ROAD TO 2024 ELECTIONS
Despite problems, SA is not a failed state, says ANC during Western Cape leg of 2019 manifesto review
Fresh from its provincial conference, the ANC in the Western Cape held its first public event on Sunday, which leaders considered successful, even if it was moved to a smaller venue.
The ANC has slapped down the notion that South Africa is a failed state.
Indicators of a failed state include the inability of a government to provide basic public services, enforce laws or protect citizens from violence.
“A failed state cannot possibly exist in an environment where we have a thriving and robust independent judiciary that continues to work uninterruptedly,” ANC spokesperson Mahlengi Bhengu-Motsiri told members on Sunday, 8 October, in Khayelitsha, where the party was holding the Western Cape leg of its 2019 manifesto review.
“A failed state doesn’t work in an environment where you’ve got a thriving media that is unmediated by any governing party. It does not work in an environment where you have thriving civic, social movements, progressive and non-progressive social movements,” she said.
The party is hosting manifesto reviews across the country, and claims it is going back to its supporters to account for the mandate it received from voters in the 2019 national and provincial elections.
Bhengu-Motsiri said South Africa continued to be a thriving democracy despite its challenges. She said the ANC accounted for the things it has not done well, hence the manifesto reviews across the country.
The challenges, however, are immense.
The 2021/22 municipal audit outcomes released by the Auditor-General (AG) in May 2023 painted a bleak picture of municipalities around the country.
When releasing the report, AG Tsakani Maluleke said local government institutions had continued to deteriorate over the years.
“We see the impact of this in the delivery of services on the ground; we see it in the continued deterioration of infrastructure; we see it in the continued inability to put projects on the ground;and we see it in the trust deficit that grows between local governments and the people that they serve,” Maluleke said.
Read more in Daily Maverick: Local government litany of woe — municipal decay and its dire consequences for service delivery
Just last week, Police Minister Bheki Cele announced that there were 130 murders in the Western Cape in the last week of September.
The ANC is hosting its Western Cape leg of the 2019 manifesto review at the OR Tambo Community hall in Khayelitsha. Keynote speaker is the ANC’s 2nd DSG, Maropene Ramakgopa pic.twitter.com/QDo2sWhwyv
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ANC gears up for 2024
In the Western Cape, the party opted for a smaller venue for its manifesto review, the OR Tambo Community Hall. The event was first scheduled to be held at the Khayelitsha Stadium, but it was postponed and moved to a different venue.
While party insiders said there were fears that the ANC would not manage to attract enough people to fill a stadium, ANC provincial chairperson Vuyiso “JJ” Tyhalisusu said the party chose the venue because of the province’s unpredictable weather.
The party managed to fill the community hall.
Support for the ANC has been dipping in the province. In the last national election in 2019, the ANC attracted just over 28% of the vote in the Western Cape, down from 45.2% in 2004. The DA garnered more than 55% in 2019.
The ANC is looking to reverse its electoral decline and for the first time in over five years, it recently elected leaders at both regional and provincial levels. Before this, ANC structures in the province had been disbanded over claims of factionalism and the loss of voter support.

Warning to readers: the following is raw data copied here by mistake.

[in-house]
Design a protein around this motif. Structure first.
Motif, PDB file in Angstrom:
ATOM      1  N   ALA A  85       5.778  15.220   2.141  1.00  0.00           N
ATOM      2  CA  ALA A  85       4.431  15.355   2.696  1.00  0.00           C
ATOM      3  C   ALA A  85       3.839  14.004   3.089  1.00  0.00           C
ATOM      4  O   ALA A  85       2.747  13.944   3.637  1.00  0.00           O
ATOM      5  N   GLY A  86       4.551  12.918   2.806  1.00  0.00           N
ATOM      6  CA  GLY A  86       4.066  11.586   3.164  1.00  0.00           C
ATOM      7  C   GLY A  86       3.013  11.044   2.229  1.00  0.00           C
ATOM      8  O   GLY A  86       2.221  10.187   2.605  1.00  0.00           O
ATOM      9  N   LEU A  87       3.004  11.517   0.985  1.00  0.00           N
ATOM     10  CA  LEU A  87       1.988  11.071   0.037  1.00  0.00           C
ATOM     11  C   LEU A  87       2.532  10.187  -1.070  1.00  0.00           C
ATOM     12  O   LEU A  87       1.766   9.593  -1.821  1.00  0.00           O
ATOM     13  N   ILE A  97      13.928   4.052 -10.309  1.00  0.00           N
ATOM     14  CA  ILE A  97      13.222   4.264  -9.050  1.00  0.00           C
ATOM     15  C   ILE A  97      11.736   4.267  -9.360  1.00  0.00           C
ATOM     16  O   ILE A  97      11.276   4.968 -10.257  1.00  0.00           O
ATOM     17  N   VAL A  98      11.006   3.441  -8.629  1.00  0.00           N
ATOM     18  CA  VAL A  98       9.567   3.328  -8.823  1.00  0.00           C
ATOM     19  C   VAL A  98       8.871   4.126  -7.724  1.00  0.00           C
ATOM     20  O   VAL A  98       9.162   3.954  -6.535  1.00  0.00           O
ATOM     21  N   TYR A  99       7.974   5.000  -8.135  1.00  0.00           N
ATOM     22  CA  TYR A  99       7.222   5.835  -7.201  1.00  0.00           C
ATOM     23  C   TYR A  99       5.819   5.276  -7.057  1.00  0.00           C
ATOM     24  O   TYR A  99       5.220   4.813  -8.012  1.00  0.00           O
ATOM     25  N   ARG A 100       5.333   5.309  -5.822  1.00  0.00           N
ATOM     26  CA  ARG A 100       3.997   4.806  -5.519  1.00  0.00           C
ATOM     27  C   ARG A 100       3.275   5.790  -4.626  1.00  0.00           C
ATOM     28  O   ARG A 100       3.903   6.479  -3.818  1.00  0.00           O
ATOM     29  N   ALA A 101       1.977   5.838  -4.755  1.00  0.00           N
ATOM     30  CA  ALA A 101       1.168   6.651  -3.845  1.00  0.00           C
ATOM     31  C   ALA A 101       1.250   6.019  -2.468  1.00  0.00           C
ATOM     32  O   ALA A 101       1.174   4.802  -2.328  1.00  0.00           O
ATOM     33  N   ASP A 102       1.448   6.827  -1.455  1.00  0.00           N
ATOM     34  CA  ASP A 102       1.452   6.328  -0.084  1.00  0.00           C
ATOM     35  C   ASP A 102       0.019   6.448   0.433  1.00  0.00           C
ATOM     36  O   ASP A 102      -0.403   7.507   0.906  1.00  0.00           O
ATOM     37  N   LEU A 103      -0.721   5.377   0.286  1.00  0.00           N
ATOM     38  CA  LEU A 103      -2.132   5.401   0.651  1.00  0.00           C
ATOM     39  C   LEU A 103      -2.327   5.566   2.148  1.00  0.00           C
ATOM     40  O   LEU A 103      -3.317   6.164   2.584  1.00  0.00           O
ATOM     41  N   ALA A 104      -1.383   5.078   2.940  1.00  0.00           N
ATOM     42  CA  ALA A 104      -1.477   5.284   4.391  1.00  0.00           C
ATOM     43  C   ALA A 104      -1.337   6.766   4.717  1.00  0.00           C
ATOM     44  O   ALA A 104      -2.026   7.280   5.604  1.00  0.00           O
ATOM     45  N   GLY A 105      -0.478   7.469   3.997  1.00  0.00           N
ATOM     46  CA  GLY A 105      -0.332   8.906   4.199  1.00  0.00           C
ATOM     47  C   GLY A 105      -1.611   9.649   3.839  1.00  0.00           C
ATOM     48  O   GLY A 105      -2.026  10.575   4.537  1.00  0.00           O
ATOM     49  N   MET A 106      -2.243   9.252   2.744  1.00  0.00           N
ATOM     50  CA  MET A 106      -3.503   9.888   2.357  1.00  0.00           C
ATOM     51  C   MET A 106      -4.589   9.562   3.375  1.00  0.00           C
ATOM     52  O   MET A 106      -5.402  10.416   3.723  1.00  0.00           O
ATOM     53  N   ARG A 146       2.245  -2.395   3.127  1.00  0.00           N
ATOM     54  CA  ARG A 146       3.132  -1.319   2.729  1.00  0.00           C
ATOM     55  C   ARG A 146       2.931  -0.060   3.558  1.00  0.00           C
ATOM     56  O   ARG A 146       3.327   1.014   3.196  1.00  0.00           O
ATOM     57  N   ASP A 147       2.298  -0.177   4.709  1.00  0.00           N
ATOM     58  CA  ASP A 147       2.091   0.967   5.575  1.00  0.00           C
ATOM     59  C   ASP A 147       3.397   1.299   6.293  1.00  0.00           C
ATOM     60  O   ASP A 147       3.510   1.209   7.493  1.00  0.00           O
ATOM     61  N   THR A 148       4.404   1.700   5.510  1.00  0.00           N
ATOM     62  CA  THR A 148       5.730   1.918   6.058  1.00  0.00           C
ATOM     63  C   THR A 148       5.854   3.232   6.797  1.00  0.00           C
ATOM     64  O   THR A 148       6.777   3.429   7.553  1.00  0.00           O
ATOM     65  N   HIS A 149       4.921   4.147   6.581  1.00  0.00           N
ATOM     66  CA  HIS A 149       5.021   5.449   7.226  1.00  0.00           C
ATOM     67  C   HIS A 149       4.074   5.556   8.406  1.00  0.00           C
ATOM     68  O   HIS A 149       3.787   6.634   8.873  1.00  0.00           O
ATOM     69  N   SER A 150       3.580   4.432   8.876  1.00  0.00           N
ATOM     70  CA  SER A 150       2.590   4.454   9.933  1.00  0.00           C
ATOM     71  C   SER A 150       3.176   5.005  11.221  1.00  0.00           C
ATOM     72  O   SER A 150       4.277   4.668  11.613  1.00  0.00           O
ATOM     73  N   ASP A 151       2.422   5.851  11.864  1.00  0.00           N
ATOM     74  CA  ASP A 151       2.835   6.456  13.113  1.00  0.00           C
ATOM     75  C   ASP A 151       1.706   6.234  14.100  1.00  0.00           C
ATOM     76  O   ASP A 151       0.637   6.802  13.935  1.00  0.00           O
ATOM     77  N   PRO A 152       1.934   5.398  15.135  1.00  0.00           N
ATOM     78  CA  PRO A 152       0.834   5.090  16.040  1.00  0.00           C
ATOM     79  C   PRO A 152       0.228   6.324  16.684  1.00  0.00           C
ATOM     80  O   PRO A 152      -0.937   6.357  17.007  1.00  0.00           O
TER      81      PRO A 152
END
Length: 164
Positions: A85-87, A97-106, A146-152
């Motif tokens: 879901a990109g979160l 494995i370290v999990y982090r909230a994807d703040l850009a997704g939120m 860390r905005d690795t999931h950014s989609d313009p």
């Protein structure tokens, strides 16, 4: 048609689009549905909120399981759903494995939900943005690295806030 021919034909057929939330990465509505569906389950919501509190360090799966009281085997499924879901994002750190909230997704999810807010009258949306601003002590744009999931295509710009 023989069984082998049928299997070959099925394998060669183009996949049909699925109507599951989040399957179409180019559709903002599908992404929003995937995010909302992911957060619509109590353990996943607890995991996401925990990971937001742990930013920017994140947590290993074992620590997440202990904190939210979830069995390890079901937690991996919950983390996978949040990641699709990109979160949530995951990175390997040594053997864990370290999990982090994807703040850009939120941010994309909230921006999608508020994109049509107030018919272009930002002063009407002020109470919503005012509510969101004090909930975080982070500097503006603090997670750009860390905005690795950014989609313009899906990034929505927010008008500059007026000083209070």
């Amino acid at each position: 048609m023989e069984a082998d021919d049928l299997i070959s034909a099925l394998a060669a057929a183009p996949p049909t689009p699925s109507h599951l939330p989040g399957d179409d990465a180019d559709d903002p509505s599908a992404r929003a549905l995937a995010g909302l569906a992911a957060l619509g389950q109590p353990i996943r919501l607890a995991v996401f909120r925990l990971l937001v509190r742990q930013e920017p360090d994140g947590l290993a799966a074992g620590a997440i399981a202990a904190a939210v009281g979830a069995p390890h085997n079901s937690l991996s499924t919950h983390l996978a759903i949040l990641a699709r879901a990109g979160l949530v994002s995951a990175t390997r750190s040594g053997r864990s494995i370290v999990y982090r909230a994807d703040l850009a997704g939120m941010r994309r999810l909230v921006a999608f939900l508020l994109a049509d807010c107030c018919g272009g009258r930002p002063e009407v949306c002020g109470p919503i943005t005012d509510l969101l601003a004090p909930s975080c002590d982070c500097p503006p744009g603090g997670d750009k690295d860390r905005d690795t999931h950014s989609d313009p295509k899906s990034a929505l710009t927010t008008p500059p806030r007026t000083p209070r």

Moropene Ramokgopa, the party’s second deputy secretary-general, delivered a keynote address where she said that after three decades since the transition to democracy in 1994, South Africa is a better place, with a vibrant and resilient democracy.
“We have, through six ANC governments, ensured a continuous programme of creating a better life, working to transform the economy and create jobs, address poverty and inequality, building safer communities and advancing the African agenda.”
She said some of the ANC government’s achievements included increased access to housing, electricity, water and sanitation, and working to improve the quality and maintenance of these services and expand infrastructure.
“We have attracted investments of over R1.5-trillion [and have] master plans to grow economic sectors such as tourism, agriculture, automotive, textile, agriculture and other sectors. Through the Presidential Employment Stimulus, we have provided over 1.2 million people with job opportunities and livelihood support.”
Speaking about the Western Cape, she said the province was divided into two.
“The services people get in Khayelitsha, Gugulethu and Philippi are not the same services people from other places receive.”
She encouraged people to help the ANC unseat the DA, which has been in power since 2009.
While the manifesto review was hosted in a smaller venue, the turnout for the event will give the party a boost in confidence as it was its first event since the new provincial leadership was elected in June.
Tyhalisusu said the attendance showed that people were willing to give the ANC a chance to claim back the Western Cape.
“People have been hungry for leadership and people came in numbers to listen to the message of the ANC. Come next year, the leadership that will be in Wale Street [the provincial legislature offices] will be from the ANC.”
An attendee at the manifesto review, Nosethu Hola, said that despite the ANC’s shortcomings nationally, she would still vote for them next year.
“The party is renewing itself and getting rid of criminals within us. There is no better party to vote for than the ANC in this country.” DM